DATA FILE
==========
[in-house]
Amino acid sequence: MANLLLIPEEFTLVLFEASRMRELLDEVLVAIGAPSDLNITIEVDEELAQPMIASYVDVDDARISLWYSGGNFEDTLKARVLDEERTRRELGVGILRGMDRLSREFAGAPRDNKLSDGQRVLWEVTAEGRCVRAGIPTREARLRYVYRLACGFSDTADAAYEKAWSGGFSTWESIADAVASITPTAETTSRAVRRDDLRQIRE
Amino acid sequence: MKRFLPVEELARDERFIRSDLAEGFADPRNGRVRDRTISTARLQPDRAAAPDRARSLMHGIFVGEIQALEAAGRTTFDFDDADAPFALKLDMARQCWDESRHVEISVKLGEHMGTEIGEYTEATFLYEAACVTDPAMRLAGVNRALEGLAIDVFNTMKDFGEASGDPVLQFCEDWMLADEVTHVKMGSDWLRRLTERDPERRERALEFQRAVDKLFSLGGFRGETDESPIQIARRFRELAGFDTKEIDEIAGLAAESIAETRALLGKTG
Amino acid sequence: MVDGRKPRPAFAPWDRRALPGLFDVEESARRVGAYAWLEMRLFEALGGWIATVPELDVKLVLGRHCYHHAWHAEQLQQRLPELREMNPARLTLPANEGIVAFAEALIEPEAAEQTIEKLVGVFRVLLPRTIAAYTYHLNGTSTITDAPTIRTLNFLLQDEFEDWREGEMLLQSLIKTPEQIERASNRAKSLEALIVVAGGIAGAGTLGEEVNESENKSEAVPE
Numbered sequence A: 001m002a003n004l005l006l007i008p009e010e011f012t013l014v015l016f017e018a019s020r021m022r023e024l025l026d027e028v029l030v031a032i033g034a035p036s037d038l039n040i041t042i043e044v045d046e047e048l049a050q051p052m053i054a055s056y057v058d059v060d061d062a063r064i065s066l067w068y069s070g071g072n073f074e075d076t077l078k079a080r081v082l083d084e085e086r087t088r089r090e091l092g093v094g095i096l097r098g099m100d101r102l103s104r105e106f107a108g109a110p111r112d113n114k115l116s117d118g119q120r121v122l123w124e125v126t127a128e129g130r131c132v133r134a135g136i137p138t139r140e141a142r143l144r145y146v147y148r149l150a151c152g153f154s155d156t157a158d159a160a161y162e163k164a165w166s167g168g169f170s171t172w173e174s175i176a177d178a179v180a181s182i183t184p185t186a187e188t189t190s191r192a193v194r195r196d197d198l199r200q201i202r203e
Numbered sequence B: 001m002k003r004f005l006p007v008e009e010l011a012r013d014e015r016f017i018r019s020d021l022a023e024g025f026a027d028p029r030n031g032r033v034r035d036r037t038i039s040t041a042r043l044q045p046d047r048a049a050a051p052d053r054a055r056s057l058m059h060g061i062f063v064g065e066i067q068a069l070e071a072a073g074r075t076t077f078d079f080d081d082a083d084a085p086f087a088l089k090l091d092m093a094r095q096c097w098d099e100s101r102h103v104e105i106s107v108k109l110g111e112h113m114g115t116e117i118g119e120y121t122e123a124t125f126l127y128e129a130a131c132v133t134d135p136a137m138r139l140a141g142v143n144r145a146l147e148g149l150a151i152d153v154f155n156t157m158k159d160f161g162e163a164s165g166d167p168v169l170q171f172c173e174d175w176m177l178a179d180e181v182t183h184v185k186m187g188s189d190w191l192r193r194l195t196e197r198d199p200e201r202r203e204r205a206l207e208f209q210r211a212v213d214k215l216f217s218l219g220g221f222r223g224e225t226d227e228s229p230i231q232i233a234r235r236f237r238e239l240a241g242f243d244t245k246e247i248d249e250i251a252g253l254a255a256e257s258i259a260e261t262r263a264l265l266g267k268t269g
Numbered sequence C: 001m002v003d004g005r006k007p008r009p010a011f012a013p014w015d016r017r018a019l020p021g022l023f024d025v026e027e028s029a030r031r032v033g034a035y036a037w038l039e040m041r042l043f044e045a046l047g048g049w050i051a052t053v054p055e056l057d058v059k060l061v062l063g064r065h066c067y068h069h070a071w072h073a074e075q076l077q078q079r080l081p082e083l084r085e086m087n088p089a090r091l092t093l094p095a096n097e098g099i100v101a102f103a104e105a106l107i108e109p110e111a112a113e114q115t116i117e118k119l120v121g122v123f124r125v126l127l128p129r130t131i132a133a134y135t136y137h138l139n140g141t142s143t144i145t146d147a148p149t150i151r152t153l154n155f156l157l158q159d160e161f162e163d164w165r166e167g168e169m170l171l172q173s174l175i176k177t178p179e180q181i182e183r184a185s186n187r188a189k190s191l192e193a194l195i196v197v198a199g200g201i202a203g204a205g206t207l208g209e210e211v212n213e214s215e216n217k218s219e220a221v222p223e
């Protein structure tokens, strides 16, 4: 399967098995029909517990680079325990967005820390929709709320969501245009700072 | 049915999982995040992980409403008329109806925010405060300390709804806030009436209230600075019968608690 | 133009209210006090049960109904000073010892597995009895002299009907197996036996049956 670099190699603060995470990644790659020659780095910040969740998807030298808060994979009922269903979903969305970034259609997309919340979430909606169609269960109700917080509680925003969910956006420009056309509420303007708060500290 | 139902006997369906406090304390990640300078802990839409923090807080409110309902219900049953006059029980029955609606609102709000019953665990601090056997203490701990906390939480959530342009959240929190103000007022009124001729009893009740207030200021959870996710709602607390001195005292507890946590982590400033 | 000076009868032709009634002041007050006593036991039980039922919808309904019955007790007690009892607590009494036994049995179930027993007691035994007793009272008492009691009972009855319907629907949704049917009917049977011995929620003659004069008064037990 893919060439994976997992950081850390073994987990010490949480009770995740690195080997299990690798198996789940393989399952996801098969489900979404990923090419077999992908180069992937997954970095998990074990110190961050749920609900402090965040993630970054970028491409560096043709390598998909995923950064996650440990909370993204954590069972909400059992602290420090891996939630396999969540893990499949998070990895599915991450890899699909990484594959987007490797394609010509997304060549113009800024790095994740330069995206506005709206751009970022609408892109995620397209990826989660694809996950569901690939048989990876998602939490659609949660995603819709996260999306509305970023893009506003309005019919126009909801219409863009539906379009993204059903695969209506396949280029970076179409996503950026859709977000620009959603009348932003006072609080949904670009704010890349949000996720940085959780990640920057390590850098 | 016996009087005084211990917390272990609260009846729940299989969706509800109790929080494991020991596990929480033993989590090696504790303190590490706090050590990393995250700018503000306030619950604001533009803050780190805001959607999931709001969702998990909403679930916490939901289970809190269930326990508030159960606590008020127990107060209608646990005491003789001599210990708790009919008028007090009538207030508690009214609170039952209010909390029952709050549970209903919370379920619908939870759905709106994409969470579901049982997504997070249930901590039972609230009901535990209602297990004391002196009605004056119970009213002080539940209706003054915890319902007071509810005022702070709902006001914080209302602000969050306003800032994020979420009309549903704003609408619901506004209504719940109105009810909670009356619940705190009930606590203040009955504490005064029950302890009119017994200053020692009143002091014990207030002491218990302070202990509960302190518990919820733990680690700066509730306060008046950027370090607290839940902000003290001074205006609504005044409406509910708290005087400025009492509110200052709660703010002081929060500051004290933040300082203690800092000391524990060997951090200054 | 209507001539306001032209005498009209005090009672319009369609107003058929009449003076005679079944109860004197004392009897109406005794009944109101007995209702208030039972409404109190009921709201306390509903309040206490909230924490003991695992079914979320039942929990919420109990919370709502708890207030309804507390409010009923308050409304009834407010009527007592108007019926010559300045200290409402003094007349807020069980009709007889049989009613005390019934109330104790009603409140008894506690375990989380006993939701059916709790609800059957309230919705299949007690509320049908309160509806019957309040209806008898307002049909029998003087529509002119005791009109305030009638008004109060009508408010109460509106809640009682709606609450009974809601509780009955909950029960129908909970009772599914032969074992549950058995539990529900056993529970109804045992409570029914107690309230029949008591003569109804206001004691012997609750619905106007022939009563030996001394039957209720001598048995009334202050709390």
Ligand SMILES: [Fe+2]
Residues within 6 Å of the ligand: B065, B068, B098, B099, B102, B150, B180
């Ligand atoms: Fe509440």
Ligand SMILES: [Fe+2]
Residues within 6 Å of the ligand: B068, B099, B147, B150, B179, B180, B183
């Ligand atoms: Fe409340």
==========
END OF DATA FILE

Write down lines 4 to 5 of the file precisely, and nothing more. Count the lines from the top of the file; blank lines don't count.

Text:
Amino acid sequence: MVDGRKPRPAFAPWDRRALPGLFDVEESARRVGAYAWLEMRLFEALGGWIATVPELDVKLVLGRHCYHHAWHAEQLQQRLPELREMNPARLTLPANEGIVAFAEALIEPEAAEQTIEKLVGVFRVLLPRTIAAYTYHLNGTSTITDAPTIRTLNFLLQDEFEDWREGEMLLQSLIKTPEQIERASNRAKSLEALIVVAGGIAGAGTLGEEVNESENKSEAVPE
Numbered sequence A: 001m002a003n004l005l006l007i008p009e010e011f012t013l014v015l016f017e018a019s020r021m022r023e024l025l026d027e028v029l030v031a032i033g034a035p036s037d038l039n040i041t042i043e044v045d046e047e048l049a050q051p052m053i054a055s056y057v058d059v060d061d062a063r064i065s066l067w068y069s070g071g072n073f074e075d076t077l078k079a080r081v082l083d084e085e086r087t088r089r090e091l092g093v094g095i096l097r098g099m100d101r102l103s104r105e106f107a108g109a110p111r112d113n114k115l116s117d118g119q120r121v122l123w124e125v126t127a128e129g130r131c132v133r134a135g136i137p138t139r140e141a142r143l144r145y146v147y148r149l150a151c152g153f154s155d156t157a158d159a160a161y162e163k164a165w166s167g168g169f170s171t172w173e174s175i176a177d178a179v180a181s182i183t184p185t186a187e188t189t190s191r192a193v194r195r196d197d198l199r200q201i202r203e